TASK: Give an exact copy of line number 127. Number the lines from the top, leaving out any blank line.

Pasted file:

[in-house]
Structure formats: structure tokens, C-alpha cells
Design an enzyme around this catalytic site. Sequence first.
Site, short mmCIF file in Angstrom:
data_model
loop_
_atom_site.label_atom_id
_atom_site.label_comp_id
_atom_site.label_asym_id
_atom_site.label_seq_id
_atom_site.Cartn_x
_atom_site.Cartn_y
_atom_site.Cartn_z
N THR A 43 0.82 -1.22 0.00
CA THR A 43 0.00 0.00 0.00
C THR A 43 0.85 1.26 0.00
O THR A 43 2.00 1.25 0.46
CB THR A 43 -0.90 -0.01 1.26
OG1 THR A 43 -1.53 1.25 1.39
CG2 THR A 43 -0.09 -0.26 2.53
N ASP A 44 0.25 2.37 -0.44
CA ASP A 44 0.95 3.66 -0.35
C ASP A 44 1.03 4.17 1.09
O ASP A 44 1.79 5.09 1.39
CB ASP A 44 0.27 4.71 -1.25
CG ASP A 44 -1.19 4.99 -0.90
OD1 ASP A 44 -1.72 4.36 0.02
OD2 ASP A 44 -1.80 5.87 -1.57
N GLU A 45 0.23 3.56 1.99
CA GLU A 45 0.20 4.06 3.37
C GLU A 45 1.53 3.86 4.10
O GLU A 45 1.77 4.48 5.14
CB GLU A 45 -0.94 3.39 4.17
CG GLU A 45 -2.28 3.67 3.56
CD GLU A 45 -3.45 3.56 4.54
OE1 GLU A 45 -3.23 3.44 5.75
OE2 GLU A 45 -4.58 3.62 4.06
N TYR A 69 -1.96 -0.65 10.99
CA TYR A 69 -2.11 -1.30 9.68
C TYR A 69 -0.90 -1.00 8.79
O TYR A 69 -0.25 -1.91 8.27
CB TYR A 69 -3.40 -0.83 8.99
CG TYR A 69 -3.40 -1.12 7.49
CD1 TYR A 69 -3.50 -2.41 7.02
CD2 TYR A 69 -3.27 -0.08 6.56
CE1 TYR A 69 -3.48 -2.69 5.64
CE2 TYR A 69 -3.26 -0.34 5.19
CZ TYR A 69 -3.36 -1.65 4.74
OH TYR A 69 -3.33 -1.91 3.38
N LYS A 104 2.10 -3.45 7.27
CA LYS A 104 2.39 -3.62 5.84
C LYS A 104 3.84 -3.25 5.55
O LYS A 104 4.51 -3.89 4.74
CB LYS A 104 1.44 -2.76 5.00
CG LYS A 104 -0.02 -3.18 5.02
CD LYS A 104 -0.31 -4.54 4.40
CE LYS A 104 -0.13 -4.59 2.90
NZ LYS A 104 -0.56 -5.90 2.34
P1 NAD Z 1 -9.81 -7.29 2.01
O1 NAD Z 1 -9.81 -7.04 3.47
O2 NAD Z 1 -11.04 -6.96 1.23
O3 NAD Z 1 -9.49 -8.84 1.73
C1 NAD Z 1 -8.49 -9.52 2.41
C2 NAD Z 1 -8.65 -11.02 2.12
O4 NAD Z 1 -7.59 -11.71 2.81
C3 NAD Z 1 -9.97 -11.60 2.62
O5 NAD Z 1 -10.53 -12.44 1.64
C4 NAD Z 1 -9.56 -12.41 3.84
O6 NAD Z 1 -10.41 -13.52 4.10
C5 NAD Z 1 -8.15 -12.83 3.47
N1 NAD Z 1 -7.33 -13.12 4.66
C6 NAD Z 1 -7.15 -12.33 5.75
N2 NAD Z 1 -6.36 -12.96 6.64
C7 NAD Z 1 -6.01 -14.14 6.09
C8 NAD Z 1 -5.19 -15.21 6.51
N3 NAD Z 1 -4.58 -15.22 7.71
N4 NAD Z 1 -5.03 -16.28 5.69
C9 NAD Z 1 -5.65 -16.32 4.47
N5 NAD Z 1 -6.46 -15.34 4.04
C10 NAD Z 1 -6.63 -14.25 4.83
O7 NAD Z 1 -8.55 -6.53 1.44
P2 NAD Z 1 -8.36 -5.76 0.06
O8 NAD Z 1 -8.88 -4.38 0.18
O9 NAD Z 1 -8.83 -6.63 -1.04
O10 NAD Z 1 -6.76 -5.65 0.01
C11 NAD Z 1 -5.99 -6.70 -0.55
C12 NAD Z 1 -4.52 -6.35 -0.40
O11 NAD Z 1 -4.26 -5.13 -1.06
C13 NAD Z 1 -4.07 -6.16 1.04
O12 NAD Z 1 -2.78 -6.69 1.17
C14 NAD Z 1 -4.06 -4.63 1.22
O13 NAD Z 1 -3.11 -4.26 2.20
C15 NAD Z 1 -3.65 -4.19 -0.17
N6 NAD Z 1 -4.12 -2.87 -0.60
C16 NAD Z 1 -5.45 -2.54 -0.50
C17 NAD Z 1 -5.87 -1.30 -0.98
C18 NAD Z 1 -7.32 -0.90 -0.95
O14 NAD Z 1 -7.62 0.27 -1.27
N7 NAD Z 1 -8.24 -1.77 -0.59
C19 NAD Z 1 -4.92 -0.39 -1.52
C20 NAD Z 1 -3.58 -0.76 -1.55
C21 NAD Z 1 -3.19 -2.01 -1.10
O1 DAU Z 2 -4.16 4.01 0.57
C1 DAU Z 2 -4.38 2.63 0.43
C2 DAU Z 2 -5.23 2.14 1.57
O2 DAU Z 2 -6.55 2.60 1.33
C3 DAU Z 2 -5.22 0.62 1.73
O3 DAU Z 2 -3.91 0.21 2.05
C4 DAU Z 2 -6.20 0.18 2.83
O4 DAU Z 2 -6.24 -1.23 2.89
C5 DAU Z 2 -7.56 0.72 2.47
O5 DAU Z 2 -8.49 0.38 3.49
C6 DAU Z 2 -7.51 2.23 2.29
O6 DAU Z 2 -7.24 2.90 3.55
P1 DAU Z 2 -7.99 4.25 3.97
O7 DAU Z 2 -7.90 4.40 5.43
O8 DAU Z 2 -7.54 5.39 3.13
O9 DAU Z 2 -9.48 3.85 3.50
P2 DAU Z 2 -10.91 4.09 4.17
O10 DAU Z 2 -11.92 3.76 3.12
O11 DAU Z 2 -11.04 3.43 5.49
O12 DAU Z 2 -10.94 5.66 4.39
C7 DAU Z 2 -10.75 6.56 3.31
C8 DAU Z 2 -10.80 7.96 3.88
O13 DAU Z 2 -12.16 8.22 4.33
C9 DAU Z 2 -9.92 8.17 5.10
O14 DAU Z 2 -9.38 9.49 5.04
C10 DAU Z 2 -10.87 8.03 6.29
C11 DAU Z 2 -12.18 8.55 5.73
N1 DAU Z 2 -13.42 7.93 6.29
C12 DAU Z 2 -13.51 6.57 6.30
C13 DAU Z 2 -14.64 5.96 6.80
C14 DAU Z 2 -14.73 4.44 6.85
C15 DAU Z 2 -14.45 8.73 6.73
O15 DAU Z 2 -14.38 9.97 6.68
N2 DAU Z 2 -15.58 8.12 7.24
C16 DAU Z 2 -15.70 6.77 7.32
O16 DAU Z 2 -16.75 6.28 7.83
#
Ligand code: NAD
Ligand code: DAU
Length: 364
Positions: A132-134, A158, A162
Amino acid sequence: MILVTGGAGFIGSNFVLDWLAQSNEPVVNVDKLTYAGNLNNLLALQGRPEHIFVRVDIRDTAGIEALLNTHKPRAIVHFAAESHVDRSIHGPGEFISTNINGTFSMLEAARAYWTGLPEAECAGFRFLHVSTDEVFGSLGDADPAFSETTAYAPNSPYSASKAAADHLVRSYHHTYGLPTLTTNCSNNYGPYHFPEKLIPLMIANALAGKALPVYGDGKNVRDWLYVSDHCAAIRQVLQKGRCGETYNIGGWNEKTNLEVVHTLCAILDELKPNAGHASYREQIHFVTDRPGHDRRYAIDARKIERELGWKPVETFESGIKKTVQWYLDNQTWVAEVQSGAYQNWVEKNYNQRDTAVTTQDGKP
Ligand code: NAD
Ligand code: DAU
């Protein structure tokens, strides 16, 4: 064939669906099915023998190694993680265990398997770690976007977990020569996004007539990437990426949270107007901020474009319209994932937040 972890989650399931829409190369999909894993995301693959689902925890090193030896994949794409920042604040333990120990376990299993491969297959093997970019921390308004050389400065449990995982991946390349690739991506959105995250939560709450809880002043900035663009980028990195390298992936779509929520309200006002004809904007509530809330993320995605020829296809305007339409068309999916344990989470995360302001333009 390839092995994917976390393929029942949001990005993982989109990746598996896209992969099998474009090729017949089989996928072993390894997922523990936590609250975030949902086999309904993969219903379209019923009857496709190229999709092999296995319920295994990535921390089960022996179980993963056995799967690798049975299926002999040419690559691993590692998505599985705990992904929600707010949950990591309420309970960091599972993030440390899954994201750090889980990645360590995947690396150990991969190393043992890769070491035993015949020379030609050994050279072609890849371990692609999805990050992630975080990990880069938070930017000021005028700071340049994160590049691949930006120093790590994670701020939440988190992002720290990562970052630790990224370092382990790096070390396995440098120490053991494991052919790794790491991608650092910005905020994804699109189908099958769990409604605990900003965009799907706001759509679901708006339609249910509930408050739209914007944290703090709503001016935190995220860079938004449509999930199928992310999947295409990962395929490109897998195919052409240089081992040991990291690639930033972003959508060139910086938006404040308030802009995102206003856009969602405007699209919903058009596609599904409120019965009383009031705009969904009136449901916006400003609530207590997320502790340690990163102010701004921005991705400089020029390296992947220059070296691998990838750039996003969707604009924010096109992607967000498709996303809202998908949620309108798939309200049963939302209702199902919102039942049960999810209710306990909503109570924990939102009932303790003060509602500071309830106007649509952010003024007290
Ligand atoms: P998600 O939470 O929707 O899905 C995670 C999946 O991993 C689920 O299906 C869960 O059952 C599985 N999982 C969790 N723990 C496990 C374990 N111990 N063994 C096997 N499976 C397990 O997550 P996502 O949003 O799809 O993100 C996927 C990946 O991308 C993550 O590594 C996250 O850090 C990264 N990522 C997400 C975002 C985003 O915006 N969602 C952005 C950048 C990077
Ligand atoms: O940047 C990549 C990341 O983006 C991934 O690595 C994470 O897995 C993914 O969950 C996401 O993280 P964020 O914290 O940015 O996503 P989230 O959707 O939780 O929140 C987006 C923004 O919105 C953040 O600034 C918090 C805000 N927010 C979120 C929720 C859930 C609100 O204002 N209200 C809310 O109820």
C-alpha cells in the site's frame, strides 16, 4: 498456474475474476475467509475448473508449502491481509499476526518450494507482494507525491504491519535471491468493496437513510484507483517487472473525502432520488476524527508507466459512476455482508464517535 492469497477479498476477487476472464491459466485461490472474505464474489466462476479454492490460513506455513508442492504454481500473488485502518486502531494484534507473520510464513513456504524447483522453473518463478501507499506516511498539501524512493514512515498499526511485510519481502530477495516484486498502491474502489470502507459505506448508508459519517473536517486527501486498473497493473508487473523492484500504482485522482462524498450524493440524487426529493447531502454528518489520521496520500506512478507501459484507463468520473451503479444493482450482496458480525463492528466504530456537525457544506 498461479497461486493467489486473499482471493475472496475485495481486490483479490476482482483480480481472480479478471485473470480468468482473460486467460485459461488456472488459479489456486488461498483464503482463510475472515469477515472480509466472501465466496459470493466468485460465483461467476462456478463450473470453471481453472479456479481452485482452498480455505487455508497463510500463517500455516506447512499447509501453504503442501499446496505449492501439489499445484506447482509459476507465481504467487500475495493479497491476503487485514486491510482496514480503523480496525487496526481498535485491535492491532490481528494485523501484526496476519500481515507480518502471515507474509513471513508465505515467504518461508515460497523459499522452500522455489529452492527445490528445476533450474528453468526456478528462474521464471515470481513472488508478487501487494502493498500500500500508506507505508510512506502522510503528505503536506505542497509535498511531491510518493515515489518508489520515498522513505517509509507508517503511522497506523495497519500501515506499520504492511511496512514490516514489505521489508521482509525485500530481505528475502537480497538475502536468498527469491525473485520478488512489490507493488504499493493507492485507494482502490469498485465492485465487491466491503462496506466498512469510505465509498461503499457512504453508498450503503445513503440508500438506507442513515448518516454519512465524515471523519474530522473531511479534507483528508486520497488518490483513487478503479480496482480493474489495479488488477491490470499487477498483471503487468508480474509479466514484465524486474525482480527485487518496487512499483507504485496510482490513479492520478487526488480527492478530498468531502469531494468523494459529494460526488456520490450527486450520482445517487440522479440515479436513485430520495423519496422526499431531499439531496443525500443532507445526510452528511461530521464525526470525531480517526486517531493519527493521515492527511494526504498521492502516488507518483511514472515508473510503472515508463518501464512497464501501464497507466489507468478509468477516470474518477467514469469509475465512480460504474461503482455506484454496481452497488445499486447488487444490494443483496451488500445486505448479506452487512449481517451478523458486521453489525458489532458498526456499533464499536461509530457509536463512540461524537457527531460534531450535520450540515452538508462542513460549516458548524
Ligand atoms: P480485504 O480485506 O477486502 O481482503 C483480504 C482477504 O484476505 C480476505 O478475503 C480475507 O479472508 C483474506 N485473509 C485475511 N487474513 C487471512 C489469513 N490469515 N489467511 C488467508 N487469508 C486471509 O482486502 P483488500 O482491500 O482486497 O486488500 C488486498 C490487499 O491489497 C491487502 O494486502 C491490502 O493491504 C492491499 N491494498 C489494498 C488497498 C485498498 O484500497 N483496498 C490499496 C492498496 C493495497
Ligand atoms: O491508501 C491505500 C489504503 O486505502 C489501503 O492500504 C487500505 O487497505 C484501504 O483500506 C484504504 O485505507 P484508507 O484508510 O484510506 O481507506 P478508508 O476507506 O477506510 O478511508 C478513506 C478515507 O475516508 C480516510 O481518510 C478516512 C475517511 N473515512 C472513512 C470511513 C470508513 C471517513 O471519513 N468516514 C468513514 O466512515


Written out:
O14 DAU Z 2 -9.38 9.49 5.04